Minnesota Multiphasic Personality Inventory (MMPI)
The Minnesota Multiphasic Personality Inventory (MMPI) is the most widely used today. This test has a very long history of applications in clinical practice and research in diagnosing psychological disorders such as depression and schizophrenia.
Minnesota Multiphasic Personality Inventory is developed by Starke Hathaway and J.C. Mckinley of the Minnesota University in 1943. MMPI is revised, updated, and new its version is termed MMPI-2.
MMPI is a questionnaire that is based on the 10 dimensions of personality. It consists of 550 items or statements with Yes, No, or I don’t know answers as an alternative. While taking the test subject reads each of the 550 items and decides whether or not it applies to him. For example, questions in the questionnaire like,
- I seldom sit with strangers at a party
- People often disappoint me
Minnesota Multiphasic Personality Inventory-2 (MMPI-2)
A revision of an MMPI, the MMPI-2 has 567 items with 10 clinical dimensions or scales. The wording of many of the original MMPI questions has been updated, and a few questions were deleted. The revised test contains the same scales and is scored the same way.
The biggest change in the new version is its standardization group. The standardization group of the MMPI-2 represents the diverse population of different ages, marital statuses, and ethnicity. This made the questionnaire acceptability more widely accepted by people in other cultures. The 10 scales of clinical disordered are:
- Hypochondriasis – concerned with the bodily symptoms of excessive anxiety, about both physical and mental health in the absence of the actual disease.
- Depression – Pessimism, hopelessness treatment.
- Hysteria – uses sensory and motor symptoms to solve problems.
- Psychopathic Deviation – antisocial tendencies, impulsive, and a disregard for social norms.
- Masculinity/ Femininity – interests like those of the other sex, sex role conflict.
- Paranoia – delusions, suspiciousness.
- Psychasthenia – worried, guilt feelings, anxiety, insecurity.
- Schizophrenia – withdrawn, bizarre thinking.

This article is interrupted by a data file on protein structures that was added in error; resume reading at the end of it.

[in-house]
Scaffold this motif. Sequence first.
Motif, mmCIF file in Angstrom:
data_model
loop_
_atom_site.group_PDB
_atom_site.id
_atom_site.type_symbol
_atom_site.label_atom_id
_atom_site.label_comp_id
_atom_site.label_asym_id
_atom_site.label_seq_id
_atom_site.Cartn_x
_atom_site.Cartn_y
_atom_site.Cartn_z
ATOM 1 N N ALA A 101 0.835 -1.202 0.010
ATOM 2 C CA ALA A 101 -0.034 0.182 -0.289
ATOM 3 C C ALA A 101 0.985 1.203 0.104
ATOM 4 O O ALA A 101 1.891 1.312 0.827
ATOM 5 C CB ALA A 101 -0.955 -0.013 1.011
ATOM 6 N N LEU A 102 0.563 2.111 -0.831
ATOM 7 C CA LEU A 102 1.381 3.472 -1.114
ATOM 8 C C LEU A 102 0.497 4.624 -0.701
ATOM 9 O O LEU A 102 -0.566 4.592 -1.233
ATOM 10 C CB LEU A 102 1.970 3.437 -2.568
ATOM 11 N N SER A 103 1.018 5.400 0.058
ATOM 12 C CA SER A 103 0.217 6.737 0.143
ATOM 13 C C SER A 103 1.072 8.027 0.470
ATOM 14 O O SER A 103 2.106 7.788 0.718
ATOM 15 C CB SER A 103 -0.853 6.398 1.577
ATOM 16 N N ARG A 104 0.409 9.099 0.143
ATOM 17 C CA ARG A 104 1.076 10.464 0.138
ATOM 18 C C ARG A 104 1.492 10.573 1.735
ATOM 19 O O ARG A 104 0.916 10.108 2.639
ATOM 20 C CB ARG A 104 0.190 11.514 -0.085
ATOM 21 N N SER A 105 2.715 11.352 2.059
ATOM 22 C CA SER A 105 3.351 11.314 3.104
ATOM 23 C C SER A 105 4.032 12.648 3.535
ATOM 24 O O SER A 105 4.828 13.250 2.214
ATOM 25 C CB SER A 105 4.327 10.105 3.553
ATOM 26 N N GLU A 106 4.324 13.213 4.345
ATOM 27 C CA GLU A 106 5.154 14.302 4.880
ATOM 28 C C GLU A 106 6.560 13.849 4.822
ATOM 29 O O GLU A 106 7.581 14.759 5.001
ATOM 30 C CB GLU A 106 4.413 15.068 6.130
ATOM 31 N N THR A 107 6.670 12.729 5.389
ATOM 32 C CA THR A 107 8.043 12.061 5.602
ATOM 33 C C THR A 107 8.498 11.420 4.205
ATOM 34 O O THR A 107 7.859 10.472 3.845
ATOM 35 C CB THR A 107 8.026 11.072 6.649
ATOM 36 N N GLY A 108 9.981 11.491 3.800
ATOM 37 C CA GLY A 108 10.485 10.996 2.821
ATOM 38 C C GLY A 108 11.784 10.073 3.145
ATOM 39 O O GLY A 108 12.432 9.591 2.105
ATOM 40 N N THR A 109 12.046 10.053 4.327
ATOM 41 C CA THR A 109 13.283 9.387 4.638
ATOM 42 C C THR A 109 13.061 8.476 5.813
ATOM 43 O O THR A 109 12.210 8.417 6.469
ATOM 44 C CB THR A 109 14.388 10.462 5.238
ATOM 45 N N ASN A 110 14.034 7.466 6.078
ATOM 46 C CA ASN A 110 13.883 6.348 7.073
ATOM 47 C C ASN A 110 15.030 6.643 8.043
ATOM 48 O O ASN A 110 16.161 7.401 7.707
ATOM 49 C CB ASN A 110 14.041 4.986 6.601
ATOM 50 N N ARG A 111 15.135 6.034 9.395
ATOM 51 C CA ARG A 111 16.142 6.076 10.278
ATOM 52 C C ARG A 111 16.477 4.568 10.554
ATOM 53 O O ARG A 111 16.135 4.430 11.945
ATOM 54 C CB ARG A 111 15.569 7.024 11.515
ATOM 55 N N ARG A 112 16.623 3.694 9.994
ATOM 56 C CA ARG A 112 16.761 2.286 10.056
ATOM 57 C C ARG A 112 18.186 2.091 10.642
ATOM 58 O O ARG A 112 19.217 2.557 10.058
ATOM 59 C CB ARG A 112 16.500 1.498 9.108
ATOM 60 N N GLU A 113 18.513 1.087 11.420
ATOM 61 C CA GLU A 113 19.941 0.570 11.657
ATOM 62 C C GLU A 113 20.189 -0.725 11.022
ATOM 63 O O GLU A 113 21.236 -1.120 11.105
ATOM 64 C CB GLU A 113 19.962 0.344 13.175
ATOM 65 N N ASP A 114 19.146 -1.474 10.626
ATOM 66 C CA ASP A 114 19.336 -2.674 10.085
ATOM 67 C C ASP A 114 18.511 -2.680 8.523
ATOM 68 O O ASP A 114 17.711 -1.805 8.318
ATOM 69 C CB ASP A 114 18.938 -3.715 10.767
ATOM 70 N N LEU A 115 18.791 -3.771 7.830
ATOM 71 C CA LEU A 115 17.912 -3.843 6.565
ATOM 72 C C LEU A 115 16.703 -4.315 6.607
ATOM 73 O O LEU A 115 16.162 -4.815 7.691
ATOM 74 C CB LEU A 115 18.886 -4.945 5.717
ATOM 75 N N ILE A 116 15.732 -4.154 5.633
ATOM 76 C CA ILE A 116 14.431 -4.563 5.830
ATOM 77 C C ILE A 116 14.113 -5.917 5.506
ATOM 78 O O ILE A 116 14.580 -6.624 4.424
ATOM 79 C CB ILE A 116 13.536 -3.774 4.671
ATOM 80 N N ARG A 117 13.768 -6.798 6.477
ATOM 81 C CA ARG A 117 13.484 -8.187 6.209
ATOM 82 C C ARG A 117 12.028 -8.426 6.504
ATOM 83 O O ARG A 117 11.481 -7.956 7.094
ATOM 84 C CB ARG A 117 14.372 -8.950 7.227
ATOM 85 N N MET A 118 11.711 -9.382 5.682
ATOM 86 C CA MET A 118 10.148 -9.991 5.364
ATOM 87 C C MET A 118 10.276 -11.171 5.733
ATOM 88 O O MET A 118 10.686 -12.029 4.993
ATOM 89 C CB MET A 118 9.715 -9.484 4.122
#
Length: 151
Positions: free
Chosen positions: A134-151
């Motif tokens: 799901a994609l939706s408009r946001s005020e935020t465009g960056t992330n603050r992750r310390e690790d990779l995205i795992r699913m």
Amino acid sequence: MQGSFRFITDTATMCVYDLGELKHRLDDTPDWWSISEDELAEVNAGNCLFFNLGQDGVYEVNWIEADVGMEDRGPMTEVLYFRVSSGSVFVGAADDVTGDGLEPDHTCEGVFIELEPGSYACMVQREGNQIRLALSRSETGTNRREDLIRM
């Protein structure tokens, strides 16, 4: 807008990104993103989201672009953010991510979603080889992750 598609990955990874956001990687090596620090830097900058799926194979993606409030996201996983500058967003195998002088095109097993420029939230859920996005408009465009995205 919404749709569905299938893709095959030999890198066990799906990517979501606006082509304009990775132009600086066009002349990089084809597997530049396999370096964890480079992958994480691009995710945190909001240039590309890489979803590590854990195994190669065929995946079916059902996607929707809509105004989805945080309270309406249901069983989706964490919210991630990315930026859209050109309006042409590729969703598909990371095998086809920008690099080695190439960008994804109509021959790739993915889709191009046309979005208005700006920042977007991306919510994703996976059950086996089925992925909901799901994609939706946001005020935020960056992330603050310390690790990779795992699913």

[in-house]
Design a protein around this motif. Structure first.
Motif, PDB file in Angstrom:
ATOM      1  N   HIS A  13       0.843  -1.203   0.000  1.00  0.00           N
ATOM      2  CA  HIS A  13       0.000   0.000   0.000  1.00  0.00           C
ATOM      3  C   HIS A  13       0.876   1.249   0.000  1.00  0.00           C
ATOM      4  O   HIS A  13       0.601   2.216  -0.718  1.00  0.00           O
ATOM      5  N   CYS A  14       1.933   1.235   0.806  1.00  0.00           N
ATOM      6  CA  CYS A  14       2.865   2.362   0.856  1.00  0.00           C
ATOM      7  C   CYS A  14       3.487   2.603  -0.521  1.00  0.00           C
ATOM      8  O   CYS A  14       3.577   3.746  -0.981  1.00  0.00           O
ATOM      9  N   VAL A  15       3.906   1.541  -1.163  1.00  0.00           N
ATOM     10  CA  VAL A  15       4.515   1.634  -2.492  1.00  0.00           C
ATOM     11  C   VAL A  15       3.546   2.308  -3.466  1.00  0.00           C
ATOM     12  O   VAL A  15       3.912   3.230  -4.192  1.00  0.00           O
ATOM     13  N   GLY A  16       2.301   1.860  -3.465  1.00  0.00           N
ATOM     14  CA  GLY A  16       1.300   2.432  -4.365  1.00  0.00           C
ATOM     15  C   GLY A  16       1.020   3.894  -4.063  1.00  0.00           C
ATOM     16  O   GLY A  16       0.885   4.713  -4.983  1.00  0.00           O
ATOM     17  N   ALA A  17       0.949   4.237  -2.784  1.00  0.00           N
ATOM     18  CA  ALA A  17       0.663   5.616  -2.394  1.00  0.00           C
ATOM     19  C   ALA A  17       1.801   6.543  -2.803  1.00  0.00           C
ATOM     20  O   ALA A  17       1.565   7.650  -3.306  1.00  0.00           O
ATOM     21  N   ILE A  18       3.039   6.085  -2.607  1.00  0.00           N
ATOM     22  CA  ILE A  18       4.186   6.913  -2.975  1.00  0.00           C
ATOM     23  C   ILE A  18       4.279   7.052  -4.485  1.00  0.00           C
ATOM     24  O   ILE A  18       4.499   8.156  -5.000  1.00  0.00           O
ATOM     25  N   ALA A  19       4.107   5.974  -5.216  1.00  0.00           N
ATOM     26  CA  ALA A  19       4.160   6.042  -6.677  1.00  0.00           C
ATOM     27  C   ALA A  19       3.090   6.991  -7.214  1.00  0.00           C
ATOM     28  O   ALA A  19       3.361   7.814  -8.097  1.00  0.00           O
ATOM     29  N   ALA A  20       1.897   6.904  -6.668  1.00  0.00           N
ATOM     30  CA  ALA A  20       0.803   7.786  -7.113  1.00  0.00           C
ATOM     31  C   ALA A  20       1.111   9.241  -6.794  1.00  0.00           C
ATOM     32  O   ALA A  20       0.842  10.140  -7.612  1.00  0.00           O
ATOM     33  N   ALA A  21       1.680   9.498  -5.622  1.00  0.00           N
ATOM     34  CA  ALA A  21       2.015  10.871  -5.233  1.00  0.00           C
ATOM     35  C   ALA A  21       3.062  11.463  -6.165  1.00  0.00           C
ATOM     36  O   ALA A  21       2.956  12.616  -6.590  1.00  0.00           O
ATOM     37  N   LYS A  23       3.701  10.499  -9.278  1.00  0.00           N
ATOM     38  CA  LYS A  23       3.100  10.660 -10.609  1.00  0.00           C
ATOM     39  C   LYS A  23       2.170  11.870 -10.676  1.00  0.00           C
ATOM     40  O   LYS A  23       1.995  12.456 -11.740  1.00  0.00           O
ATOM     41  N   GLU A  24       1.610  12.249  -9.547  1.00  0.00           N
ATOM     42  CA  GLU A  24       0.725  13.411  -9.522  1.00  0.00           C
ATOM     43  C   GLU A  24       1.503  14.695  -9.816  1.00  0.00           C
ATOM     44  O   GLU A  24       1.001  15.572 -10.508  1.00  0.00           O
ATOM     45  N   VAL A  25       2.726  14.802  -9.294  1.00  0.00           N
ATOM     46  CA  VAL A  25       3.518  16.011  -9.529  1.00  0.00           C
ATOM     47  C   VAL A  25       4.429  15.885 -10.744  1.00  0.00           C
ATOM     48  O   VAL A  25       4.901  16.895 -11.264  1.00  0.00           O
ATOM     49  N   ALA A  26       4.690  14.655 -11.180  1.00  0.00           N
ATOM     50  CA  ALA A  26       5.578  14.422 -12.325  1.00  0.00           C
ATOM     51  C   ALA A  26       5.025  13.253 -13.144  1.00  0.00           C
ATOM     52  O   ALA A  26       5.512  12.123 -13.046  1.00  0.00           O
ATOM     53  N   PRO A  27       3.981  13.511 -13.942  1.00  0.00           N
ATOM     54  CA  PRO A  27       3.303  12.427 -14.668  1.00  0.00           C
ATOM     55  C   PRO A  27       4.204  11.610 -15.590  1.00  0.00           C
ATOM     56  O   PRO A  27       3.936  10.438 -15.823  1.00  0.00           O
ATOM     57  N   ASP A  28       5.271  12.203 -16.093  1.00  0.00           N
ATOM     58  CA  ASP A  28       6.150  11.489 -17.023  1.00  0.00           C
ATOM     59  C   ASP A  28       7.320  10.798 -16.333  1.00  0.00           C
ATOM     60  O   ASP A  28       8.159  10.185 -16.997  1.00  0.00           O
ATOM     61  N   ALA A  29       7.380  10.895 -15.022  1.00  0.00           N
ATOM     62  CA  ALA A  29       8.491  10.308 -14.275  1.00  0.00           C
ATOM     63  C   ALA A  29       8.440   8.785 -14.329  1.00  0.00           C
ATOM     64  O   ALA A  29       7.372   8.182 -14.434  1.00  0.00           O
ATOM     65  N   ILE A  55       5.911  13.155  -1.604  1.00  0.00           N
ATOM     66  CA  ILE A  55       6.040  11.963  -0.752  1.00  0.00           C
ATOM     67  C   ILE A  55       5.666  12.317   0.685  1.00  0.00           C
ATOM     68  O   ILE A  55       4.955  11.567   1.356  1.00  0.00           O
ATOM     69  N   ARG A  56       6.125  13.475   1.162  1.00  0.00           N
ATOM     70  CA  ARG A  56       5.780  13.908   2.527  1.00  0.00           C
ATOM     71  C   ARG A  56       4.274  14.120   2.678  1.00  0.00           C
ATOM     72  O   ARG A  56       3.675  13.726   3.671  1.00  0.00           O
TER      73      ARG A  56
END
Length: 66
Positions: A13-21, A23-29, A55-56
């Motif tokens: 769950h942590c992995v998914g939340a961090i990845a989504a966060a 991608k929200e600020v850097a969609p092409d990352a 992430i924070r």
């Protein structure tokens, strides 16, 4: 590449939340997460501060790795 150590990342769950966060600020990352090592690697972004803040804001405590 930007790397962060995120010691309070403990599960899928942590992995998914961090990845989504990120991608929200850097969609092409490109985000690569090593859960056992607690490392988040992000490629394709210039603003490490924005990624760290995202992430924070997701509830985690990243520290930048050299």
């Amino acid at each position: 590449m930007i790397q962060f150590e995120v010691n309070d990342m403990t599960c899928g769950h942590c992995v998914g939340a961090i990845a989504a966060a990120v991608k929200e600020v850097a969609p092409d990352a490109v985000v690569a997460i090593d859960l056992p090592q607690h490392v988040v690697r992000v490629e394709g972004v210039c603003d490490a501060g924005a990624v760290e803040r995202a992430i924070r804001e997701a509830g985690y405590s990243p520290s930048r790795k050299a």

- Hypomania – overactive, excited, impulsive, unrealistic goals.
- Social Introversion – shy, lack of confidence, social anxiety.
The Validity or Control Scales
In addition to the above clinical scales, MMPI-2 also has other special scales, such as the 16 items anger scale. People who feel like swearing or smashing things usually get a high score on this scale. Likewise, MMPI-2 also consists of four validity of control scales which were designed to detect tendencies for test-takers to present themselves in a favorable light, or to assess other unusual ways of responding. These scales are:
- L Scale – high L scores reveal an unrealistically favorable impression and the score is too good and virtuous to be true.
- F Scale – high F score indicates severe psychopathological disturbances and represents rare characteristics.
- K Scale – high K score indicates that the test taker was defensive and the answers chosen were designed to reduce biasing factors.
L, F, K items are part of the original MMPI. The updated MMPI-2 has added three more validity scales.
- Fb Scale – measures whether or not the test taker was paying attention to the same items. It examines the subject attitudes to respond differently to the same items.
- VRIN scale – determines whether or not the subject tends to respond inconsistently to MMPI-2 items. It reflects the subject’s random techniques to respond.
- TRIN – It reflects the subject’s tendency to answer without actually knowing the real meaning of the item’s statement.
In general, the greater the number and magnitude of deviant scores of the MMPI-2 the more likely it is that the individual is severely disturbed. The MMPI has been translated into more than 22 languages and adapted use for in many nations and cultures.